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Description and History from 1868 Gazetteer

NORTHOLT, (or Northalt), a parish in the hundred of Elthorne, county Middlesex, 4 miles from the Hanwell station, 4 E. of Uxbridge, and 2 S. by W. of Harrow, its post town. The village, which is of small extent, is situated on the Paddington canal, between the Harrow and Uxbridge roads, about equi-distant from the Birmingham railway at Harrow, and the Great Western railway at Southall.

It is wholly agricultural, but bricks are extensively made. It is mentioned in Domesday as Northala, and was formerly held by the Mandevilles, through whom it came to the Botelers, and so to Earl Jersey, of Osterley. The land is chiefly meadow, with a small proportion of arable. The tithes have been commuted for a rent-charge of 668, and the glebe comprises 44 acres. The living is a Vic.* in the diocese of London, value 682, in the patronage of the bishop. The church, dedicated to St. Mary, is a small ancient structure. The interior has a brass of Rowdell, bearing date 1452, and tombs of Bishop Lisle, of St. Asaph, a former vicar, and Dr. Demainbray, the philosopher. The register dates from 1560. There is a National school. Bricks are made in this parish in large quantities, being used in the construction of the London sewers. Northolt was the scene of numerous contests in the wars of the Roses, as well as in the Civil War. Traces of a Roman road occur in the north-western part of the parish.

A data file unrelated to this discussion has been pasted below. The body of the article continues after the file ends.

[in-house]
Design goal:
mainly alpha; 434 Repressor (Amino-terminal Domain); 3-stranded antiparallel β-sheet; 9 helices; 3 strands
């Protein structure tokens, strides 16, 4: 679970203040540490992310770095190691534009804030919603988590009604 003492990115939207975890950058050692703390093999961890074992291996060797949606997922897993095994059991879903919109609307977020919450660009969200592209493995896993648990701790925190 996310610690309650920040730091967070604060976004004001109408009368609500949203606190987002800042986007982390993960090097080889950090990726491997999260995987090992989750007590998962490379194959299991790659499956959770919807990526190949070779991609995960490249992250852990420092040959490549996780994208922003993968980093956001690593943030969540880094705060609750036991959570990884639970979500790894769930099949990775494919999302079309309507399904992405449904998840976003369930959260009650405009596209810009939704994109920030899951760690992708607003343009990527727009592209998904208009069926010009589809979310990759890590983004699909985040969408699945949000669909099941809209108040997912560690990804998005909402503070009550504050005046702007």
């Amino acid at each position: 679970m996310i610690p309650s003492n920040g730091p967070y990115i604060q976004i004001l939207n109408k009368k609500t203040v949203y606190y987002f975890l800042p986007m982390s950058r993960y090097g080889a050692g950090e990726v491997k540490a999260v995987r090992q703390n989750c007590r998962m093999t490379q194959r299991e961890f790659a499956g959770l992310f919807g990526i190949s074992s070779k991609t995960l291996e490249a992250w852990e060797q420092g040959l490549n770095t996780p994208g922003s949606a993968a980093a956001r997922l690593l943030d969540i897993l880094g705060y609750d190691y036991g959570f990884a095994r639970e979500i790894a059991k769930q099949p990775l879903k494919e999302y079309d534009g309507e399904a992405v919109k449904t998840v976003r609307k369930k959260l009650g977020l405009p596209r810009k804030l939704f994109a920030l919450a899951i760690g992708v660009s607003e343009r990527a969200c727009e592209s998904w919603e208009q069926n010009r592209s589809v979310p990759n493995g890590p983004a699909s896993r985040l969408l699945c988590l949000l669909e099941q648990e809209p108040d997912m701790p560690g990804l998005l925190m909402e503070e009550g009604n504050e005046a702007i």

[Description(s) from "The National Gazetteer of Great Britain and Ireland" (1868)
Transcribed by Colin Hinson 2003]
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[Last updated on 9 Oct 2003 by David Hawgood. 2003]